Brown Swiss have only one thing against them. I have heard from a few places that they are incredibly hard to service with AI, espeicially as heifers. This is a generality but it seems to be a pretty commonly accepted one. I'm going to need to AI my cow unless I can find a beef bull in a herd close to me, I can't count on that. Other than that a Swiss would be a very good cow, the only problem otherwise would be too much milk, but I'm planning on feeding excess milk to stock so I think I can overcome that one.
Holstiens... I just think black and white is boring.
Aryshires, I've tentatively settled on Aryshires. They have great fertility, good milk quality, get to be a good sized cow, and are really common in my area. I have like 10 farms inside of a 2.5 hr radius that milk them. I feel confident I can find a heifer calf when I need one.
But I've also given a lot of thought to a beef/dairy cross. A holstein/hereford or holstien/Angus heifer calf would make a great family milk cow. I'm not so sure I won't go this route. I can still get her as a bottle calf cause she's coming from a dairy, she won't cost to much cause she won't be a replacement heifer, and she'll grow up to be a very sturdy heavy boned cow that can pull a good load and milk a nice amount for a homestead.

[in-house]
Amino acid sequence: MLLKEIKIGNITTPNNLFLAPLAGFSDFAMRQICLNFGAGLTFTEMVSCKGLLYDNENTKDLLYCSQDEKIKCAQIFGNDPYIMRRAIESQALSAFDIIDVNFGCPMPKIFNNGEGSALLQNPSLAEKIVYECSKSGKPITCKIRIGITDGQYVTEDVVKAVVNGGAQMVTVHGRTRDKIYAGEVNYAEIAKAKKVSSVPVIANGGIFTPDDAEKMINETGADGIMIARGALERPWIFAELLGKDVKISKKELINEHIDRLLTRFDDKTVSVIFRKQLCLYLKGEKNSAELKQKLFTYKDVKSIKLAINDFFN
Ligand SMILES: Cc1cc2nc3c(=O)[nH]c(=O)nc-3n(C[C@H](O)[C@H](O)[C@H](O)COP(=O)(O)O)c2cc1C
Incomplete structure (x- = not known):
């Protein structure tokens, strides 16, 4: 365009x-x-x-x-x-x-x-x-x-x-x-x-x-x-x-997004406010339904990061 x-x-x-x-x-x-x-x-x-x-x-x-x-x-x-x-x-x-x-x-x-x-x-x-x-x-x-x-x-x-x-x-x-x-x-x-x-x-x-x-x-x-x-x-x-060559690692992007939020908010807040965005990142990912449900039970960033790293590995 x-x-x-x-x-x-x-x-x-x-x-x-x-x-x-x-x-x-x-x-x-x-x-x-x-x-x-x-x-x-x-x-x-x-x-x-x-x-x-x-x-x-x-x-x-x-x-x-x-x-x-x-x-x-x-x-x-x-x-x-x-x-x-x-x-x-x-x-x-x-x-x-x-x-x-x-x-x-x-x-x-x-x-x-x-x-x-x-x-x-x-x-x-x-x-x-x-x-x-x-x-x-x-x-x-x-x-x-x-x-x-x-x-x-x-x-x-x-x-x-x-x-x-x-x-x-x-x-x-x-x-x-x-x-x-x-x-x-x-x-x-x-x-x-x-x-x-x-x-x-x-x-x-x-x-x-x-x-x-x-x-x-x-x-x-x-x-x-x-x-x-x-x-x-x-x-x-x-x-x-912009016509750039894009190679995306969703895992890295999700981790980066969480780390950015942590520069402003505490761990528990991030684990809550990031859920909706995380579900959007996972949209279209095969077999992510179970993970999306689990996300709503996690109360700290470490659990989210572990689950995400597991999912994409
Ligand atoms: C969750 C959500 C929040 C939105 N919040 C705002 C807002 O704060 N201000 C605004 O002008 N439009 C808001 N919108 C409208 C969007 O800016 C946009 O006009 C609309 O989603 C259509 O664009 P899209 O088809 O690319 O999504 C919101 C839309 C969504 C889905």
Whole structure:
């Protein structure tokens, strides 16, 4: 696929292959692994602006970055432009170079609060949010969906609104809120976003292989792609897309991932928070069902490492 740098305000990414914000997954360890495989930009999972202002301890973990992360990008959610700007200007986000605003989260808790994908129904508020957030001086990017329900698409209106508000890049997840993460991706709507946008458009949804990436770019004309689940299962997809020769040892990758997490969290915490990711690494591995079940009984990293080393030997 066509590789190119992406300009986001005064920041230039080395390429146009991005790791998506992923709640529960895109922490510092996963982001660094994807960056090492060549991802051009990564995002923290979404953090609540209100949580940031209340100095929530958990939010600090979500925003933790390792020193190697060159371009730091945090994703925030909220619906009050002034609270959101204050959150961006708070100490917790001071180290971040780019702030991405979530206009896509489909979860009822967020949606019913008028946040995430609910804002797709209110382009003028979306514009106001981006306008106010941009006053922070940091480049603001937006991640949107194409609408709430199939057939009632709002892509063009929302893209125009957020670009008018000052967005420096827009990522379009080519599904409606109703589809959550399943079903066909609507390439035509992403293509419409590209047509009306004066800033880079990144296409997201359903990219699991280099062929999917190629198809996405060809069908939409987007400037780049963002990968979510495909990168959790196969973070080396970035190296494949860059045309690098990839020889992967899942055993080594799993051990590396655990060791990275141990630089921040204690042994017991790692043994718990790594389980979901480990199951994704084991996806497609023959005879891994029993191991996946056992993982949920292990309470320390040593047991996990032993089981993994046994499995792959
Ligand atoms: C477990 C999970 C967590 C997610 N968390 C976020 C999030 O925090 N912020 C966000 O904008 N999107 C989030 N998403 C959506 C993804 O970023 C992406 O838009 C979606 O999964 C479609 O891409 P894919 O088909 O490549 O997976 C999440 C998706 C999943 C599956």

I think people get to hung up on purebred animals. Devon's are starting to have a lot of problems with their feet, the genetic diversity isn't there anymore. If it was up to me they'd outcross a few animals to shorthorns or Dexters or Danish Reds. The concept of a closed registry with no additional outside bloodlines coming in is a recipe for extinction. IMO
I don't know what my original point was but I'm snowed in and sitting at the computer. Hope this interests someone.
myersfarm said:red poll is a good one if you wanted them to do it all first dairy farm i worked on was a red poll herd....looked like red angus ,,,,milked like jerseys,,,were gentle bred back fast...i would love to have some milking red poll don't know were a man might buy some do you....none in my area south east missouri so i have jerseys and milking short horn calf